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What are we each entitled to in our divorce settlement?

What does the law say about how to split the house, how to share pensions and other assets, and how much maintenance is payable.

What steps can we take to reach a fair agreement?

The four basic steps to reaching an agreement on divorce finances are: disclosure, getting advice, negotiating and implementing a Consent Order.

What is a Consent Order and why do we need one?

A Consent Order is a legally binding document that finalises a divorcing couple's agreement on property, pensions and other assets.


Do you need help sorting out a fair financial settlement?

Our consultant service offers expert advice and support to help you reach agreement on a fair financial settlement quickly, and for less than a quarter of the cost of using a traditional high street solicitor.


advice please !

  • scoobydoo22
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07 Feb 08 #13116 by scoobydoo22
Topic started by scoobydoo22
My wife has said she wants a divorce. We have a house worth abourt 700000, with a mortgage of 95000. We have children of 8,7 & 3. I have am joint owners of a number of buy to let properties, which have a fair bit of equity in them.

My question is what is she entitled to, she will probably be inheriting a house within the next few years which is worth about 280000

Can the equity in the buy to lets be taken into account as as I only own half of each property? is it not difficult fo value them ? as my business partner would not sell any of them as this would mean capital gains tax being paid?

Many thanks

  • mike62
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07 Feb 08 #13123 by mike62
Reply from mike62
Scoobydoo,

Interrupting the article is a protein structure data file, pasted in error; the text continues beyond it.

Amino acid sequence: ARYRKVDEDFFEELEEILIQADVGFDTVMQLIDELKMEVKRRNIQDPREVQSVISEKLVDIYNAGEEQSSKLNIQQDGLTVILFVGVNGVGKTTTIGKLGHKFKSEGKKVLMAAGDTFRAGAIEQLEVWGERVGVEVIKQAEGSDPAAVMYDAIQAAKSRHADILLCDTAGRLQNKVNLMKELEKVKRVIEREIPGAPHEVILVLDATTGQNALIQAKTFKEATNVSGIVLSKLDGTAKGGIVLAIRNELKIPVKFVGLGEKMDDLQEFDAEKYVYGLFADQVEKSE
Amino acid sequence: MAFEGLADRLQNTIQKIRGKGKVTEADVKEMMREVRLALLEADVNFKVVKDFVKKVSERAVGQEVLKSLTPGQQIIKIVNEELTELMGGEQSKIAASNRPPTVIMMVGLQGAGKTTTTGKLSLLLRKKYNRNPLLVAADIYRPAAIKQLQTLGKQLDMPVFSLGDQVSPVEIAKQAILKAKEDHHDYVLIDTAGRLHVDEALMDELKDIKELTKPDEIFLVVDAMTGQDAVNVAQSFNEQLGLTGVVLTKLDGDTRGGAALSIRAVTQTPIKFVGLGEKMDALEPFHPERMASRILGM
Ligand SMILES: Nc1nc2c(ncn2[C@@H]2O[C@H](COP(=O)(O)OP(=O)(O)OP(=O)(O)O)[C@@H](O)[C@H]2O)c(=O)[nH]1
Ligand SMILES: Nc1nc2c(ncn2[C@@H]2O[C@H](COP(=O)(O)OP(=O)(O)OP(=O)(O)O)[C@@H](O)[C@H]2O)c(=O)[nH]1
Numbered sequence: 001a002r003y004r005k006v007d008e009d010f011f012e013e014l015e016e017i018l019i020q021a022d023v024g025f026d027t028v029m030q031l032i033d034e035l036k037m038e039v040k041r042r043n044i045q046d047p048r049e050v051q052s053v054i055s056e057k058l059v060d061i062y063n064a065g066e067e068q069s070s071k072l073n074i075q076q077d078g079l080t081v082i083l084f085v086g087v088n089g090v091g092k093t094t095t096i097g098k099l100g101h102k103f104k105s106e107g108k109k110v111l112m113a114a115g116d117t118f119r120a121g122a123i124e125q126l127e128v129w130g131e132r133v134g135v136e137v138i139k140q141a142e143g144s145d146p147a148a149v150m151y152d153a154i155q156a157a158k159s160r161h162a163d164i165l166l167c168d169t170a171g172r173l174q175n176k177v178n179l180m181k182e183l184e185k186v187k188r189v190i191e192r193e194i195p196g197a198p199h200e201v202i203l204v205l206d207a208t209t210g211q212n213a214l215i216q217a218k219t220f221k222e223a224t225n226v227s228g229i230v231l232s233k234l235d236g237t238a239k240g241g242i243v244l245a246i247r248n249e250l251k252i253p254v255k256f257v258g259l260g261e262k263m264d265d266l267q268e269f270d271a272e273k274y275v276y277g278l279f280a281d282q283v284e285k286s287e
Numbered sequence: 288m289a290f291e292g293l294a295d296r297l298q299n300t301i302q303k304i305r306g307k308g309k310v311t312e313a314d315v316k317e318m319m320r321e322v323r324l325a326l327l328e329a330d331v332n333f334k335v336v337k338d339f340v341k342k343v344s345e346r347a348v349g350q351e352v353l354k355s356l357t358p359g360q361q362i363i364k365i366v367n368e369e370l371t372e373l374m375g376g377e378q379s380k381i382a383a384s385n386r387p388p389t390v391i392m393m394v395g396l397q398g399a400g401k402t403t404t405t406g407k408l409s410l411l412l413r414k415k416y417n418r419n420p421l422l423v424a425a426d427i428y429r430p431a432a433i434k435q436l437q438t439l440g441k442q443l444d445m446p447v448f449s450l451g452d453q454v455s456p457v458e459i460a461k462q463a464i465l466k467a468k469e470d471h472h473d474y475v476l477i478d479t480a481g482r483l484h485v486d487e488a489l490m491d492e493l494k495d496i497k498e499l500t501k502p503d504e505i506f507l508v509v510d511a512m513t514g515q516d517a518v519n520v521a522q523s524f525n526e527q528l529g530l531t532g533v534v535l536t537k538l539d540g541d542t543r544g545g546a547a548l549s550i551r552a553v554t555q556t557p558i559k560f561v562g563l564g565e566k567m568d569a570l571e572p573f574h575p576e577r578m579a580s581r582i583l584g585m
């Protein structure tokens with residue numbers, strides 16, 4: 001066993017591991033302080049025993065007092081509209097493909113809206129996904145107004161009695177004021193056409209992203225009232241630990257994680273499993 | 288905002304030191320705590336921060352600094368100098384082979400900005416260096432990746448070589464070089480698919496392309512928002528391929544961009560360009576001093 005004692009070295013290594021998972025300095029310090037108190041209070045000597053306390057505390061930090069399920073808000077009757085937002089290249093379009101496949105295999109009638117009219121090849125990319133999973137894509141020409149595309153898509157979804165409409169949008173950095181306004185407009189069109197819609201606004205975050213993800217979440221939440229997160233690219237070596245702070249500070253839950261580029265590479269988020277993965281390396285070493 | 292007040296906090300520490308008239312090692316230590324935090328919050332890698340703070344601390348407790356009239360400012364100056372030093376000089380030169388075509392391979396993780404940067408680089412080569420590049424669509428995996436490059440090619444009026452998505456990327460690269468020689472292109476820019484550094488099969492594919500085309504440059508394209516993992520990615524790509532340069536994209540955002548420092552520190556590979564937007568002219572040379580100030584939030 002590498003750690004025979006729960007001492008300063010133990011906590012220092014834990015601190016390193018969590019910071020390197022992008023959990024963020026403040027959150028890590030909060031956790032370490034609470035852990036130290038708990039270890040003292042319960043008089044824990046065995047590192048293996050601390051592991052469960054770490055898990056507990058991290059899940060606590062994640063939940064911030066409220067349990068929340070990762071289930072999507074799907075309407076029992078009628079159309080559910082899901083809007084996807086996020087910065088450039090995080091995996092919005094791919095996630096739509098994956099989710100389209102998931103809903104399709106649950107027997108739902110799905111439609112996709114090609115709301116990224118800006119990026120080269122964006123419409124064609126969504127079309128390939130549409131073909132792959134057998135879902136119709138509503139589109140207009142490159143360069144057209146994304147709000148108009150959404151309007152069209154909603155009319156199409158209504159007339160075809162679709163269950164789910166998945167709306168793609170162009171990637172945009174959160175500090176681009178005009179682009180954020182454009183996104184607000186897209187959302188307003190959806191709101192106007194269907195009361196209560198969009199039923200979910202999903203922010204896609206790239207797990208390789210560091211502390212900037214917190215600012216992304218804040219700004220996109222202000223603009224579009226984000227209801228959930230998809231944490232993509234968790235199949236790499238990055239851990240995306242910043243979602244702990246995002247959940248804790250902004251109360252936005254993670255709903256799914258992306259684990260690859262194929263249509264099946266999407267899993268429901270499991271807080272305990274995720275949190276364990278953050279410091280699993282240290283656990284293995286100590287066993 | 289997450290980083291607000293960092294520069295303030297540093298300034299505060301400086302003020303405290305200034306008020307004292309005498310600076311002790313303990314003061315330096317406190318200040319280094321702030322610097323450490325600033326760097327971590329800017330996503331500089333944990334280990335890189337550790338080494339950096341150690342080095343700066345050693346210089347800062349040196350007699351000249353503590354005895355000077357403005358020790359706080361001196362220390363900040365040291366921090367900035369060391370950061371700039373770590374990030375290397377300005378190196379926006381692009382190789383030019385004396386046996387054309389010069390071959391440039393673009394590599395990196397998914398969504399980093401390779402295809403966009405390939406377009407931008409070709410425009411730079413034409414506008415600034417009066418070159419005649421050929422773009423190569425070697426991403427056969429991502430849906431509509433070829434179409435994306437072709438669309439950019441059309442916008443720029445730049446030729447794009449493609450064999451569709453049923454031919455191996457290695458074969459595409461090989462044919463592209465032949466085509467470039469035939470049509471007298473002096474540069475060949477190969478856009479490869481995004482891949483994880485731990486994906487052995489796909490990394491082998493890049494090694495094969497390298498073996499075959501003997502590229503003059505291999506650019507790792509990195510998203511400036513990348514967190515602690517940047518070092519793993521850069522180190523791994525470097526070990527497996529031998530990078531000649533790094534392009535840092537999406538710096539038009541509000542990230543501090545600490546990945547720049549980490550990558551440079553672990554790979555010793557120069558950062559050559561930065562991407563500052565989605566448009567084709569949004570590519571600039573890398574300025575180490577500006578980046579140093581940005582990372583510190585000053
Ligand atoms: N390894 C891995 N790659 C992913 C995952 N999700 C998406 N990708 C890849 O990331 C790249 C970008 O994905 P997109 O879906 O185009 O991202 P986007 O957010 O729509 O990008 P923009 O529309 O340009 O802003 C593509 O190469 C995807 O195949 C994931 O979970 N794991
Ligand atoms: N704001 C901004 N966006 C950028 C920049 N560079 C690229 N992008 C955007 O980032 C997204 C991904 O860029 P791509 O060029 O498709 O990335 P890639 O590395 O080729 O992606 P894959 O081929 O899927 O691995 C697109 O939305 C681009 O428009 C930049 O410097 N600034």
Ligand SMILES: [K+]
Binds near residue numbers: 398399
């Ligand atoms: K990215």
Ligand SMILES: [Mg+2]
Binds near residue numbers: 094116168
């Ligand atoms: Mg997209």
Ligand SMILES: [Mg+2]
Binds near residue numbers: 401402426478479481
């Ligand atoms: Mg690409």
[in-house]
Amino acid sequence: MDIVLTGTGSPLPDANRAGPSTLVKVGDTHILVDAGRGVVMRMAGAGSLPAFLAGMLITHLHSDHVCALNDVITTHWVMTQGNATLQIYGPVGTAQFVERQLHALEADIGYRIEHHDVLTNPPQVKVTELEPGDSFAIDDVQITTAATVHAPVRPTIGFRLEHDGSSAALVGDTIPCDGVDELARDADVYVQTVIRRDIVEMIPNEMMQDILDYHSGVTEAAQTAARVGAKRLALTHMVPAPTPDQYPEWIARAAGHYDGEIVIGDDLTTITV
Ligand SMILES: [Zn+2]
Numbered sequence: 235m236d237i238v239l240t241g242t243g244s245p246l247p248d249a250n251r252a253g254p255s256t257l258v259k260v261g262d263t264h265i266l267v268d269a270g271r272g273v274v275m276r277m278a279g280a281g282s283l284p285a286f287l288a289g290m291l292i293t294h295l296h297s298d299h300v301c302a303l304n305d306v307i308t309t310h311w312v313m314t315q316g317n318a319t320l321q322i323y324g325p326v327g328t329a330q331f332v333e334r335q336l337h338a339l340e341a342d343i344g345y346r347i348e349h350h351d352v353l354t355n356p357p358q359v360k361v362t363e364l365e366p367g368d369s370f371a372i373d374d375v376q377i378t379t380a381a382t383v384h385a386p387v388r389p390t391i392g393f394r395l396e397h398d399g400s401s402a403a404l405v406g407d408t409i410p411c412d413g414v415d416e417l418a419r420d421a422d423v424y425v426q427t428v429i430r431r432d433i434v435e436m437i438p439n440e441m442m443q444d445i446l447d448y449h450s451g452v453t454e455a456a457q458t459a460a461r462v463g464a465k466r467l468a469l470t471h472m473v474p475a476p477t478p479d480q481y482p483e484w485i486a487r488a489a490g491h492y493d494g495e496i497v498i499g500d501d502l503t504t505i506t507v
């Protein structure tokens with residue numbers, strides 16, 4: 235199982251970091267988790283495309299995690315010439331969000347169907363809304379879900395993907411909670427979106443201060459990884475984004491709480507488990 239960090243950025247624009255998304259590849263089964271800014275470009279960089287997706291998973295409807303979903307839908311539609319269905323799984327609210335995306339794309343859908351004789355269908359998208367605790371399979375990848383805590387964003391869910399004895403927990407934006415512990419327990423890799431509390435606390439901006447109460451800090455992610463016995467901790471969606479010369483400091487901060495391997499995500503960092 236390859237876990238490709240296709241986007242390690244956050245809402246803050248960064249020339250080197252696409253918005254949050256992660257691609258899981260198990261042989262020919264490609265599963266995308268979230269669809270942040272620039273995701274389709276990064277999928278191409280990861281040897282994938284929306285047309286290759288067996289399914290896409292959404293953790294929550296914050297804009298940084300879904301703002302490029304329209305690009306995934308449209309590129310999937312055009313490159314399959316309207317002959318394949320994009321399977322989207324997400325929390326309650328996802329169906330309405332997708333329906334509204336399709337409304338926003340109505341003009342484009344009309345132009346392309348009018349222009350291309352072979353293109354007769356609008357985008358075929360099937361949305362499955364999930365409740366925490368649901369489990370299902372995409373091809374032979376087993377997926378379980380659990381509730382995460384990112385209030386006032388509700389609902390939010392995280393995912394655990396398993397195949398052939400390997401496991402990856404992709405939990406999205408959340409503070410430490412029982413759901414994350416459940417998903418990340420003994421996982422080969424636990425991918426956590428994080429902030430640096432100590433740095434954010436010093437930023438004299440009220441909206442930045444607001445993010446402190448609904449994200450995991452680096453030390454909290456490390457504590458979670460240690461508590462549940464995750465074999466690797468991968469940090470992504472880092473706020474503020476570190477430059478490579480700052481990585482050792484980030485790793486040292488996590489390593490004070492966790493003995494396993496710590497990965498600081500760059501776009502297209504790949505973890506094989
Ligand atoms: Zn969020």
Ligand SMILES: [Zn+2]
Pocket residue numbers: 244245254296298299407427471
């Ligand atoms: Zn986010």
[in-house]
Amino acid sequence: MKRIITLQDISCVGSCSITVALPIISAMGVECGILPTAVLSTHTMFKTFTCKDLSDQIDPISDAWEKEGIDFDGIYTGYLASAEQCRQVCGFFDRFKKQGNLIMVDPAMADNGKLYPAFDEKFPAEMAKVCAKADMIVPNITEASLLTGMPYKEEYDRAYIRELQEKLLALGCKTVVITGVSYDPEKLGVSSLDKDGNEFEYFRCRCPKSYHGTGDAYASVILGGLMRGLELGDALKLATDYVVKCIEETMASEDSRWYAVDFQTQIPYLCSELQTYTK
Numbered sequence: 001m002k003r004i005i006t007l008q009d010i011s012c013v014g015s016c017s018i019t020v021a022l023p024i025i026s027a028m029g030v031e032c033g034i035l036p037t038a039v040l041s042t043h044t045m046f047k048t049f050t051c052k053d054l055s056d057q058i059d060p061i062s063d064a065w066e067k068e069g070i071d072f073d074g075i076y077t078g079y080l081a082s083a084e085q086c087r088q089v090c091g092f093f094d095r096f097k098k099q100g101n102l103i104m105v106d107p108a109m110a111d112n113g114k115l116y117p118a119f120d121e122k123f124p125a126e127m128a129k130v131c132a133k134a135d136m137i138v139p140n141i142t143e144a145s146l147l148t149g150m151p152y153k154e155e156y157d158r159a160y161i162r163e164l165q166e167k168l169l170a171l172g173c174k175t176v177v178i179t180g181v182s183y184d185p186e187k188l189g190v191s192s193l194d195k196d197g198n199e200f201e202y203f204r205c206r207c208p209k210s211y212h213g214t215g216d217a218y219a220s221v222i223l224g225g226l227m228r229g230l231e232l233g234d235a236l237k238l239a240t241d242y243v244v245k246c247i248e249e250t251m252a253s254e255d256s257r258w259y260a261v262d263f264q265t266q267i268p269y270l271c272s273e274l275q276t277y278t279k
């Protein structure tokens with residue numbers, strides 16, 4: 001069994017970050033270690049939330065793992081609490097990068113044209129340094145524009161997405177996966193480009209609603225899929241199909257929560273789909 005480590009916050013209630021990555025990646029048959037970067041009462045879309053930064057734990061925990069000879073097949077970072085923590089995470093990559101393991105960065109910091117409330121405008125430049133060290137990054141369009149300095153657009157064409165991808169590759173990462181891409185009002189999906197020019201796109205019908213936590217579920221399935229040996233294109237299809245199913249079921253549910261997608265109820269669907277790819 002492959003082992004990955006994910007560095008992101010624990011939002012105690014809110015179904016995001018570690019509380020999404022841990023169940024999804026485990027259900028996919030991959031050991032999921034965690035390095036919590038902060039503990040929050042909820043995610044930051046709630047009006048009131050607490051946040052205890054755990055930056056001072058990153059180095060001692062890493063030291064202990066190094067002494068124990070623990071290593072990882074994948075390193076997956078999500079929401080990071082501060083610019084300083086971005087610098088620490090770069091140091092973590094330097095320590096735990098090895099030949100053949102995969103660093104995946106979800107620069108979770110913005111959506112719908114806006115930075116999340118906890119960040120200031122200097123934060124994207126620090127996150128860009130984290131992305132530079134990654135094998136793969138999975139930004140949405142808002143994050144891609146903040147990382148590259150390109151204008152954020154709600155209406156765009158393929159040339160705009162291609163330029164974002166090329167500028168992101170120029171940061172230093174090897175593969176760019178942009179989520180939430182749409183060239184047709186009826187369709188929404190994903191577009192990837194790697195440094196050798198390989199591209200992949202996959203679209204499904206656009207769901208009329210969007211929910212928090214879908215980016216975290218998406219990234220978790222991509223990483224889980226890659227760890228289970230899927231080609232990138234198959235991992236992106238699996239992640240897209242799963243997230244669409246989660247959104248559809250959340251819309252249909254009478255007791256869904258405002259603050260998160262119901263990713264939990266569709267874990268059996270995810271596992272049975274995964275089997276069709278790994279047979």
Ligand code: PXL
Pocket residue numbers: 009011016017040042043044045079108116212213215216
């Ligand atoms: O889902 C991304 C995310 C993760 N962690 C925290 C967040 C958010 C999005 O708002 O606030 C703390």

Not good news for you I'm afraid. The buy-to-lets are an asset of the marriage, and therefore form part of the marital asset pot for division.

Yodont mention length of marriage. Assuming it is 8 yrs +, it is a fairly long marriage so would probably start at 50:50 split of assets.

You don't mention either yours or your wife's incomes

Do either of you have any pensions?
Are there any other sig assets over £500?
Do you have any debt (singly or jointly)

Add up all the assets. Deduct all joint liabilities.

That's your pot.

Making lots of assumptions, but trying to give you a pointer. Assume children stay with your wife, she has no income.

You would be looking at a slew in the asset split in her favour. It might be anything from 50:50 to 90:10, depending on the factors above. 75:25 is a good mid point.

If your wife has a significantly lower income than you, she may claim spousal maintenance. This can be negotiable against equity and assets.

You also have child maintenance obligations - 3 children = 25% of your nett income. This is statutory.

THe value of the buy to let investment may be offset against equity in the house, so she ends up with a greater share of the house value.

The buy to let would need to be valued by a mutually agreed surveyor, or by three different sources.


It's going to hurt, Scooby. Sorry!

Mike

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07 Feb 08 #13146 by Fiona
Reply from Fiona
Good post from Mike but I wouldn't be quite so pessimistic about the split. When the marriage is long and there are sufficient assets to meet both part's need the emphasis moves more towards sharing the assets equally 50:50. However, if there is a discrepancy in incomes SM might be a factor and one option is to capitalise SM and pay a lump sum to end any future claims and obtain a 'Clean Break.'